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Smellonics

Form of communication based on smells
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Humans possess 5 senses. Yet the vast majority of syntactical communication is done through either sight (written language) or sound (spoken language).

The invention of Braille to deal with the written communication problems of the blind demonstrates clearly that the other senses have the capacity to be used too. And not just for 'basic' emotional cues, but full syntactic communication of complex ideas at the same level as writing or speaking.

I hence propose the development of "Smellonics" - a full syntactical language based on smells. The human nose is capable of recognising thousands of different smells. These could be combined in combination to communicate ideas just as sounds or visual characters are.

The main issue would be in creating the stream of smells. A machine capable of mixing chemicals quickly in the required quantity to produce the smells is the best bet. In the same way that Braille must be written by machine, the requirement for Smellonics to be generated by a computer should not rule it out.

Applications for the language abound. Fighter jet pilots already have busy cockpits with too many dials to watch and audio alerts to listen to. But there is free bandwidth to their attention via smell!

Having the ability to receive complex information through smell would also help our evolutionary development. Smell is an underused sense that is likely to be lost if we do not use it more extensively.

Chippy, May 23 2003

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       I'm already suffering information overload as it is, and I'm not even a jet pilot. Think I'd prefer to keep my nose for its current purpose, sniffing out trouble.
DrCurry, May 23 2003
  

       Lemon-berry-poop-lemon-musk-smoke. Poop-rubber-tequilla-lemon-berry. Skunk!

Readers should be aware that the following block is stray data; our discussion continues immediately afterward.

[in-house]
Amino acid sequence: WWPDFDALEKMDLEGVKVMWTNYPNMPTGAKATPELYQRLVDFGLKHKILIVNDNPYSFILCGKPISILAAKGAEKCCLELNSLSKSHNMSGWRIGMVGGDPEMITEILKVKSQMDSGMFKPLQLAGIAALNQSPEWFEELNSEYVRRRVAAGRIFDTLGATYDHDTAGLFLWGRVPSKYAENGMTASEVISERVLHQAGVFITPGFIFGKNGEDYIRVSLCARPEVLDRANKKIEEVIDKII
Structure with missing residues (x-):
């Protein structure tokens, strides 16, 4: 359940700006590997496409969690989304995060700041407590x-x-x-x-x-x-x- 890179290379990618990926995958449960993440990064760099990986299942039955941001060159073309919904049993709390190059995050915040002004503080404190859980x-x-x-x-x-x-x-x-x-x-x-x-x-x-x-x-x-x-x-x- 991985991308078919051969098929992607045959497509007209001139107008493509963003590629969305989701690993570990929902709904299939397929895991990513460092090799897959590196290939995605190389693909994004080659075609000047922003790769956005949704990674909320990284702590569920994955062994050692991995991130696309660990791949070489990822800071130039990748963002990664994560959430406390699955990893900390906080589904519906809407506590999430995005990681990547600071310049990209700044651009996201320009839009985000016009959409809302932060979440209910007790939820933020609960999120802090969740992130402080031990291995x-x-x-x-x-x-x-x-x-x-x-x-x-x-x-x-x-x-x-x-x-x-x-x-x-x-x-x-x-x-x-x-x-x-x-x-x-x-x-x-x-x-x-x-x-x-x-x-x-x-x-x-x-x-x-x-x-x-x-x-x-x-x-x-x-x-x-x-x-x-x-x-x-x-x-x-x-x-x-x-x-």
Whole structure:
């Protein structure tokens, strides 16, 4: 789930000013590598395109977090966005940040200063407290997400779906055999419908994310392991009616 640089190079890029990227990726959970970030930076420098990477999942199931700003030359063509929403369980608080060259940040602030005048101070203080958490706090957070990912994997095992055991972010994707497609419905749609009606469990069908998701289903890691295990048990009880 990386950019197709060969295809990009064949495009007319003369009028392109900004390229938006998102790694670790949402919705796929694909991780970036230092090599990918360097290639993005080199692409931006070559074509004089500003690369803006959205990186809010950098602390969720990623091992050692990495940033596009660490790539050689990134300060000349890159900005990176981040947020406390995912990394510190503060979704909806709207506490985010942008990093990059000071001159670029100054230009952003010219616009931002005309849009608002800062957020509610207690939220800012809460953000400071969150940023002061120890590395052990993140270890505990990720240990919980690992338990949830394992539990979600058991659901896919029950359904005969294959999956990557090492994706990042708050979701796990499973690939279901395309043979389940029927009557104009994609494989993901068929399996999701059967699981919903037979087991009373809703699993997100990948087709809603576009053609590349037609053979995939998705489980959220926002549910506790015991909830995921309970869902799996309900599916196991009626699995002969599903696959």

bungston, May 23 2003
  

       Smell fire, eject.
bristolz, May 23 2003
  

       As with all mechanisms for getting your attention, the sense of smell was trounced on by ad agencies who proceeded to stuff magazines full of cologne/perfume samples. The result was an annoyance of various smells that were not indivisably distinguishable. Thankfully, the printed mag industry has all but halted the practice.
latka, May 23 2003
  

       *sniff* *sniff*   

       Smells like fish.
ato_de, May 23 2003
  

       Rapid fire smell-tones would clog up the air in a hurry. How do you propose clearing odors before the next scent arrives?
k_sra, May 23 2003
  

       I don't really think this would be practical as a language, but perhaps instead smell could be incorporated into more broadened 'signs' or warnings - the same way that we associate the smell of gas with a pilot light that's gone out, etc. Smells could then be used in designated areas - i.e., a 'this area is restricted' smell, etc. Perhaps smells for certain generally public facilities like bathrooms (ha-ha, really though). The scents would have to be synthesized ones to avoid being mixed up with already present smells, and would have to be fairly potent to remain notable amongst other things that might be in the air.
Caracal, May 23 2003
  

       Taking this idea to the next level: Aromatronics is the electronic recognition of smells. Using the aromatronic messenger, the human sender can type in her message and the message is automatically converted into a combination of chemical scents. Then, the human receiver vacuums up the aromatic message with her very own aromatronic messenger, which converts the scent back into text. Messages can then be worn on the body, or delivered via snail mail as scent-grams.
pluterday, May 23 2003
  

       Speaking of bandwidth, haven't you ever sat before an exquisit gourmet dish, and tried to puzzle out exactly what that certain ingredient is? (Bear in mind that our sense of taste is mostly smell.) It actually takes quite a bit of concentration to distinguish between multiple smells, as latka has alluded above.   

       As for marking certain public areas with scent, that's already more than half-baked. Fast food restaraunts have been polluting the scent-scape to plug their products for years.
dijontoothpaste, May 23 2003
  

       I tried to smell onyx, but there wasn't much to it.   

       In "Red Dwarf", all cat literature was written in smells.
friendlyfire, May 24 2003
  
      
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